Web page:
- #1

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Hi,

I'm a recently graduated medical physicist (currently also working as a medical physicist) and I still have a thirst for physics, especially astronomy and astrophysics which are my hobbies. The problem is that we were only taught pure physics and mathematics during the first 2 years of our education, the rest 3 years were mixed and, well, about medical physics. In my opinion, going 3 years without doing the general mathematics and physics is not exactly good on the memory.

Basically, I have forgotten the basics and I'm looking to enlist in an undergraduate physics program where I would start immediately at the 3:rd year instead of 1:st (since I've already passed all the courses). My plan is to then go for a master's degree in astronomy or astrophysics, if I don't feel stupid.

The reason why I want to get into astronomy or astrophysics is simply because that was my original plan, but I never went that route because there were very few that would get a job directly related to it (most would end up working in economics, IT, or some other occupations) and because I enjoyed particle physics, which medical physics is, in a sense, all about. I've always had a fascination with stars, planets and the universe as a whole.

The courses we took during the first 2 years, which I've mostly forgotten by now, are:

1. Mechanics A

2. Thermodynamics

3. Wave physics and optics

4. Mathematical physics A

5. Electromagnetism

6. Quantum mechanics A

7. Subatomic physics

8. Electricity

9. Linear algebra II

10. Numerical analysis

11. Multivariable analysis

12. Analytical functions and transform theory

13. Mathematical statistics and discrete mathematics

I'm wondering if there are textbooks that are good for covering all of these subjects in a rather quick and simple manner? Basically a physics textbook that is broad and branches out into the basics of many fields, such as in the list above. I can probably live with minimal mathematics, I doubt I need to know all the proofs in order to get started.

I'm also wondering how difficult this would be? To concentrate all those courses in <1 year while working full time. I remember struggling a bit when I studied the first 2 years, mostly due to poor study habits. I've matured now, maybe it will be a lot easier. Maybe not. I feel like it would be a huge disadvantage to have not done anything for 3 years.

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Plan B would just to go stargazing or something while reading astronomy and astrophysics in my spare time. I still would like to have the opportunity to perhaps work in that field, which would require a degree.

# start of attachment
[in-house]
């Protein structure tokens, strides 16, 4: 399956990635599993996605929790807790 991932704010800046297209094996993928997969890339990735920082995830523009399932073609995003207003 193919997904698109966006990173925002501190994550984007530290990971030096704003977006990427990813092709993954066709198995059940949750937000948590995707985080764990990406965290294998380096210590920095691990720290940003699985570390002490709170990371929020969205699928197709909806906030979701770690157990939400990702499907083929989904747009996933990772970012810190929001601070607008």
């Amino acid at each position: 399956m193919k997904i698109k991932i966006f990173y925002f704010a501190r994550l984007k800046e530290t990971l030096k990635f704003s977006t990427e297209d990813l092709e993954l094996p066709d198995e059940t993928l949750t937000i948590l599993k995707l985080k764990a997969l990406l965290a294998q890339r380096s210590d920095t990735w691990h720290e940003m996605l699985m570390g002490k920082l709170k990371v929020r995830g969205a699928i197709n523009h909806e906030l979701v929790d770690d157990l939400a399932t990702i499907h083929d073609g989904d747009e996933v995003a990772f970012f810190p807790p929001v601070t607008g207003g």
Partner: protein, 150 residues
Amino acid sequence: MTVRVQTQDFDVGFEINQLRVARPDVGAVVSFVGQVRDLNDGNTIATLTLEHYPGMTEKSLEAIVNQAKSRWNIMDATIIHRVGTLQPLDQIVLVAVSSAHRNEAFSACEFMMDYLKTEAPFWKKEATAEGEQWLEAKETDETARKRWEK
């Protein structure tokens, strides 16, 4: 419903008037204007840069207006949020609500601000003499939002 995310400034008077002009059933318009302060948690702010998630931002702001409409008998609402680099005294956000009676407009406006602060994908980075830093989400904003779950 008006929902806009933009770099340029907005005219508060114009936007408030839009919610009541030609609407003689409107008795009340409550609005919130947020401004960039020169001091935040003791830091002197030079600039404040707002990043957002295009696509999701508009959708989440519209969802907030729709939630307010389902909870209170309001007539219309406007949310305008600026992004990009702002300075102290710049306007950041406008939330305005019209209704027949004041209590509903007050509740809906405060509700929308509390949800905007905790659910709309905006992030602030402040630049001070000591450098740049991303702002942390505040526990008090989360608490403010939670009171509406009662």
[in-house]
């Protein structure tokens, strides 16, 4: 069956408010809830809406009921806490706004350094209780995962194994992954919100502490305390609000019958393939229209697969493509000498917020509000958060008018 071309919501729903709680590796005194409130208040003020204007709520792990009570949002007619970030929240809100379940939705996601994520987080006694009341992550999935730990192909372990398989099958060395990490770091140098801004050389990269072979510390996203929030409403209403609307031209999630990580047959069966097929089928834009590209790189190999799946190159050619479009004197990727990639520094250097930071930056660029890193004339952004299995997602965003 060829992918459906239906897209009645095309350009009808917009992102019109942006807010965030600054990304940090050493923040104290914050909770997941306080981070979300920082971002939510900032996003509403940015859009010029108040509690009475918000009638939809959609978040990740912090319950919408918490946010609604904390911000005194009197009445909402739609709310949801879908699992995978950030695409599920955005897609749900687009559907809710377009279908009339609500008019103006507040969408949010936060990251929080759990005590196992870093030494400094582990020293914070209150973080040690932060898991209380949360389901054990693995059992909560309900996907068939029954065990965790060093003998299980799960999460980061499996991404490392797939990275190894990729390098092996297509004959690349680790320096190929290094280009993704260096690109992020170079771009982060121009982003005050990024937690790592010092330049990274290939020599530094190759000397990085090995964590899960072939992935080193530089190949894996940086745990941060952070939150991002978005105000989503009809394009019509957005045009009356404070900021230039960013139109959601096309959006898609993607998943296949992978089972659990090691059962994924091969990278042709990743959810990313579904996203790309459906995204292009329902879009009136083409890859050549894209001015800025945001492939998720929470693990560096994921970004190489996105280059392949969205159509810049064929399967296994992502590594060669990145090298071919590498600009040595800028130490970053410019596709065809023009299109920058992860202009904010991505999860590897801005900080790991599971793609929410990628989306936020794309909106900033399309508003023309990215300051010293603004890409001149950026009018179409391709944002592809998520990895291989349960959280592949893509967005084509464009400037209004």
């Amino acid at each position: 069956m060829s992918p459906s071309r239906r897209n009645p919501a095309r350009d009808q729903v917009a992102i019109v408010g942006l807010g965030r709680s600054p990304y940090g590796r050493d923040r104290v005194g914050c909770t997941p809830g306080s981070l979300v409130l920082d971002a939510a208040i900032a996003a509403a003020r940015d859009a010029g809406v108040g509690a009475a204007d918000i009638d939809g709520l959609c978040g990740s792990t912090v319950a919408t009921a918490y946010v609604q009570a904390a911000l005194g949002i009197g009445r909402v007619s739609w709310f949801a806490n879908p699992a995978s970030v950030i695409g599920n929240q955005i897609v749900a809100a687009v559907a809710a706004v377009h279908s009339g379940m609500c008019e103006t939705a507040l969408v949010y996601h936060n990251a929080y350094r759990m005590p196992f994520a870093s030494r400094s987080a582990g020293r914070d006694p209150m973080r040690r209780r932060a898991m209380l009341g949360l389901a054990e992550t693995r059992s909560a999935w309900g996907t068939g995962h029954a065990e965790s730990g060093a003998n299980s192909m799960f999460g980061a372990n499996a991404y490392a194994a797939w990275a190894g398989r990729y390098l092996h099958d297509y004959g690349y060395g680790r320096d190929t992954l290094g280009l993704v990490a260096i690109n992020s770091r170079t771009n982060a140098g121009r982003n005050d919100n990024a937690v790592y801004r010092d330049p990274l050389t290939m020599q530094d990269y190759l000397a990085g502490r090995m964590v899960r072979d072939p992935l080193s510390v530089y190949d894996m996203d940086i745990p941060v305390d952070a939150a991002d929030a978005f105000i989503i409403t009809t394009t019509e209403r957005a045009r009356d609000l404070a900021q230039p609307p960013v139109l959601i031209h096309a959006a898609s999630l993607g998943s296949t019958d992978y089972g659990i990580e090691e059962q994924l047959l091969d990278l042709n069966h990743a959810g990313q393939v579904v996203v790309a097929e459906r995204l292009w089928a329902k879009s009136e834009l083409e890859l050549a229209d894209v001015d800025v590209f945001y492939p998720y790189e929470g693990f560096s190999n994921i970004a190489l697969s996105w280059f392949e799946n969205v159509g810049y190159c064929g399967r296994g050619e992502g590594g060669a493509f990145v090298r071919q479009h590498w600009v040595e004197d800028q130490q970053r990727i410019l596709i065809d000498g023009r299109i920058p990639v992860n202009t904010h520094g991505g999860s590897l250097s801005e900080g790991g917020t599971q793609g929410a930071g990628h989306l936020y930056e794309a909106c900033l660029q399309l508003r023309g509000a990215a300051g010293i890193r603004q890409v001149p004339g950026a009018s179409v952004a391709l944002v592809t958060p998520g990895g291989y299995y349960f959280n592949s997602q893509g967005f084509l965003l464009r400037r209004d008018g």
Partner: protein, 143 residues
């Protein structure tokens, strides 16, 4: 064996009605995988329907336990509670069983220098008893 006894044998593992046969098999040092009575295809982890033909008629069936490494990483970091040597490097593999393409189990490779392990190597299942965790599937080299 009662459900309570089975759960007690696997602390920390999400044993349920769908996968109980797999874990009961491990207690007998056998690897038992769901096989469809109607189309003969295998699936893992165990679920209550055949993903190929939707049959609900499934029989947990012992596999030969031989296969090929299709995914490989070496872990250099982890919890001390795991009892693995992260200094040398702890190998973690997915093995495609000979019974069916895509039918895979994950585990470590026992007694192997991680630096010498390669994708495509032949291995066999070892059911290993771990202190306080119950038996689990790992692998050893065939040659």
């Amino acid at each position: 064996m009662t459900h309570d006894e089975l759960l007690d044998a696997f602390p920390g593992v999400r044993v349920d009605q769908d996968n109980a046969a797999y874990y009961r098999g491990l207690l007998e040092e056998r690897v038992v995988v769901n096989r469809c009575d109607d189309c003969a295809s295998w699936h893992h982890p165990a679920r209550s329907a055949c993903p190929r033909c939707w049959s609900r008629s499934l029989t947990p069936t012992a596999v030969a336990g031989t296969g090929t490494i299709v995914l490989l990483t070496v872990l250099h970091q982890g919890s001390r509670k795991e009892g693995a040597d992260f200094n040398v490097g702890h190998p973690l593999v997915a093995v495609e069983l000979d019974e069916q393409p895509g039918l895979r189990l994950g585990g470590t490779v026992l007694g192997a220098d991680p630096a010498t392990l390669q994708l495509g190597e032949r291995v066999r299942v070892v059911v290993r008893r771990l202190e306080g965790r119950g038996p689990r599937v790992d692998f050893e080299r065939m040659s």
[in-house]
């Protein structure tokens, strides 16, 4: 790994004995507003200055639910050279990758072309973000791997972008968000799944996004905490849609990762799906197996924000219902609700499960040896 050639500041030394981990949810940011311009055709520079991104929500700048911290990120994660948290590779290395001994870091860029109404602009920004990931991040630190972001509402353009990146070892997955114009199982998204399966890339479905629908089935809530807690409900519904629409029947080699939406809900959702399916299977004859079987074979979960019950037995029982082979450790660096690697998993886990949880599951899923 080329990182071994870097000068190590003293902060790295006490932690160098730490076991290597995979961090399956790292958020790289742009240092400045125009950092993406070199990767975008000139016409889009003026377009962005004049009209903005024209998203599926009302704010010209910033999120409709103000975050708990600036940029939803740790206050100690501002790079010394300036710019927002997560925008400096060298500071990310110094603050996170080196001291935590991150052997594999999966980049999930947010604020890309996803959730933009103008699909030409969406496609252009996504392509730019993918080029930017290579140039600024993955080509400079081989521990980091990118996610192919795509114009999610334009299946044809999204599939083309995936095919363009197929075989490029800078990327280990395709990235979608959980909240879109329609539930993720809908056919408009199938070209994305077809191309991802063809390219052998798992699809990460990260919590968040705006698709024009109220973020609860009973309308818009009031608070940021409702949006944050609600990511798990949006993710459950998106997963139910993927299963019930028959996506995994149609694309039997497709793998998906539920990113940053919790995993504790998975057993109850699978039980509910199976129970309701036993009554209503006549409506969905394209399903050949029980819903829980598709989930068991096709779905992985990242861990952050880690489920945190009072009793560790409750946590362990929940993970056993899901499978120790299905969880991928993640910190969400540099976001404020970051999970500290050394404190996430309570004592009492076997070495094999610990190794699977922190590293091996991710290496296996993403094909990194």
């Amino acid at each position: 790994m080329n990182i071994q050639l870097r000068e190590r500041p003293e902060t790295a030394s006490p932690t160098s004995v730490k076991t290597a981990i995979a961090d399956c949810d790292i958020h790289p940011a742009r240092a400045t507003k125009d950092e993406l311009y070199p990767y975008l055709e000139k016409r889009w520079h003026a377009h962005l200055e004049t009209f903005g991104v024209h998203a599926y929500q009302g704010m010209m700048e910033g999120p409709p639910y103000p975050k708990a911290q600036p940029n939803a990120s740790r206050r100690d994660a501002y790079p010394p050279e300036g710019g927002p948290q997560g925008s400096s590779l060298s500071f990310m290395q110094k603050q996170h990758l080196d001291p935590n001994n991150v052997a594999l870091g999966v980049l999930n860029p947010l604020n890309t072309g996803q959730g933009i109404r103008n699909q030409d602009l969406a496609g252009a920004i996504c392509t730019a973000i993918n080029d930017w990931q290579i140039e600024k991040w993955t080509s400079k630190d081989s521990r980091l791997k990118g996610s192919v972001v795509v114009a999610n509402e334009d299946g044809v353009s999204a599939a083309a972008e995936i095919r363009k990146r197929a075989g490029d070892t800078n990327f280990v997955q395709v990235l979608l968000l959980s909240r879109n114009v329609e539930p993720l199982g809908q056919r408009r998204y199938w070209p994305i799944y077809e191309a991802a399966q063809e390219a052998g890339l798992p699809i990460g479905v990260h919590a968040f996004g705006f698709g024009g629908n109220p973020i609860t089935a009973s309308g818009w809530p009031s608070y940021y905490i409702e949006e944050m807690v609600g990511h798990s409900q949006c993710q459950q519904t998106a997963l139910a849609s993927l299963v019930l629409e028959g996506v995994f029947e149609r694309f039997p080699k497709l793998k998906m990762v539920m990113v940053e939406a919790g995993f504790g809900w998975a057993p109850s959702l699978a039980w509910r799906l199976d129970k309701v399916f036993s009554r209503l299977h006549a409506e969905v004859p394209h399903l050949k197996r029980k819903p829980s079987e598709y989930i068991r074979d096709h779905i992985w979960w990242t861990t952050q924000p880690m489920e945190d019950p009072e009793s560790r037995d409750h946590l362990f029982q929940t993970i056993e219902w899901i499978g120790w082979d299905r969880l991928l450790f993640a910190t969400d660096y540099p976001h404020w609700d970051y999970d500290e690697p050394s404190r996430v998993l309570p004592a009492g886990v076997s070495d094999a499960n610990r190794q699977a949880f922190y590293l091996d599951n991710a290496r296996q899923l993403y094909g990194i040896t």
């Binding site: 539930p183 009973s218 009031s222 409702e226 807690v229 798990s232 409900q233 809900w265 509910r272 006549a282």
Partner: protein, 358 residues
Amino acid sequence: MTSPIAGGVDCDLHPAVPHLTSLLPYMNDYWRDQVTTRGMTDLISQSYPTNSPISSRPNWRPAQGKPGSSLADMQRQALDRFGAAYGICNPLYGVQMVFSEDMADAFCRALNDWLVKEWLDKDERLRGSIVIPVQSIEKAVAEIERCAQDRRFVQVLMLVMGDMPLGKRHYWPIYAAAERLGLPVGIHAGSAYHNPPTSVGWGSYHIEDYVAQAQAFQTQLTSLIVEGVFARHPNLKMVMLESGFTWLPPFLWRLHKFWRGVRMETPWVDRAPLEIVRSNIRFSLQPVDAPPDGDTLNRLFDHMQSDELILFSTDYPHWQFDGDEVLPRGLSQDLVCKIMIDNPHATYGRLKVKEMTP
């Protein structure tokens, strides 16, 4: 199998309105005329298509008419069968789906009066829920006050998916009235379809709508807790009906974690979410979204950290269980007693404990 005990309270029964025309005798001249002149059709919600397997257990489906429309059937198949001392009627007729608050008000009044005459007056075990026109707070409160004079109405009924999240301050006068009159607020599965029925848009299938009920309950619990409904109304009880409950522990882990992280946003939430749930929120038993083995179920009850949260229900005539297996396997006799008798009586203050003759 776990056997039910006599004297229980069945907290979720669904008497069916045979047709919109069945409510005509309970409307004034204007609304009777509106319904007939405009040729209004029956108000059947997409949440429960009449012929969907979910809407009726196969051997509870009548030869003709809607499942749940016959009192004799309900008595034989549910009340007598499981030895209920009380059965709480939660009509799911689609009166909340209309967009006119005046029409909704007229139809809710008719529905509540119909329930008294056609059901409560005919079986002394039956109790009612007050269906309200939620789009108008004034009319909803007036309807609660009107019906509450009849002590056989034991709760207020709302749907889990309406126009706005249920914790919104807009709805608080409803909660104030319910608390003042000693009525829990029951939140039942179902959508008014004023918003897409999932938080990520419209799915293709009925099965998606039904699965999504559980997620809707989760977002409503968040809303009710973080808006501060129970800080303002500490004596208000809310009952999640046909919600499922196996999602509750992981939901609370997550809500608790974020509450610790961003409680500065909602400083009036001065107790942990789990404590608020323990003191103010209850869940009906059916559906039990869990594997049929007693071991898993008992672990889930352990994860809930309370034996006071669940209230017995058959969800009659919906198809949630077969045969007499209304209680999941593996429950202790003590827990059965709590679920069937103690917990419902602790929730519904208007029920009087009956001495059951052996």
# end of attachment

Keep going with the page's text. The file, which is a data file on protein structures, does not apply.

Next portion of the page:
I'm a recently graduated medical physicist (currently also working as a medical physicist) and I still have a thirst for physics, especially astronomy and astrophysics which are my hobbies. The problem is that we were only taught pure physics and mathematics during the first 2 years of our education, the rest 3 years were mixed and, well, about medical physics. In my opinion, going 3 years without doing the general mathematics and physics is not exactly good on the memory.

Basically, I have forgotten the basics and I'm looking to enlist in an undergraduate physics program where I would start immediately at the 3:rd year instead of 1:st (since I've already passed all the courses). My plan is to then go for a master's degree in astronomy or astrophysics, if I don't feel stupid.

The reason why I want to get into astronomy or astrophysics is simply because that was my original plan, but I never went that route because there were very few that would get a job directly related to it (most would end up working in economics, IT, or some other occupations) and because I enjoyed particle physics, which medical physics is, in a sense, all about. I've always had a fascination with stars, planets and the universe as a whole.

The courses we took during the first 2 years, which I've mostly forgotten by now, are:

1. Mechanics A

2. Thermodynamics

3. Wave physics and optics

4. Mathematical physics A

5. Electromagnetism

6. Quantum mechanics A

7. Subatomic physics

8. Electricity

9. Linear algebra II

10. Numerical analysis

11. Multivariable analysis

12. Analytical functions and transform theory

13. Mathematical statistics and discrete mathematics

I'm wondering if there are textbooks that are good for covering all of these subjects in a rather quick and simple manner? Basically a physics textbook that is broad and branches out into the basics of many fields, such as in the list above. I can probably live with minimal mathematics, I doubt I need to know all the proofs in order to get started.

I'm also wondering how difficult this would be? To concentrate all those courses in <1 year while working full time. I remember struggling a bit when I studied the first 2 years, mostly due to poor study habits. I've matured now, maybe it will be a lot easier. Maybe not. I feel like it would be a huge disadvantage to have not done anything for 3 years.

-------------

Plan B would just to go stargazing or something while reading astronomy and astrophysics in my spare time. I still would like to have the opportunity to perhaps work in that field, which would require a degree.

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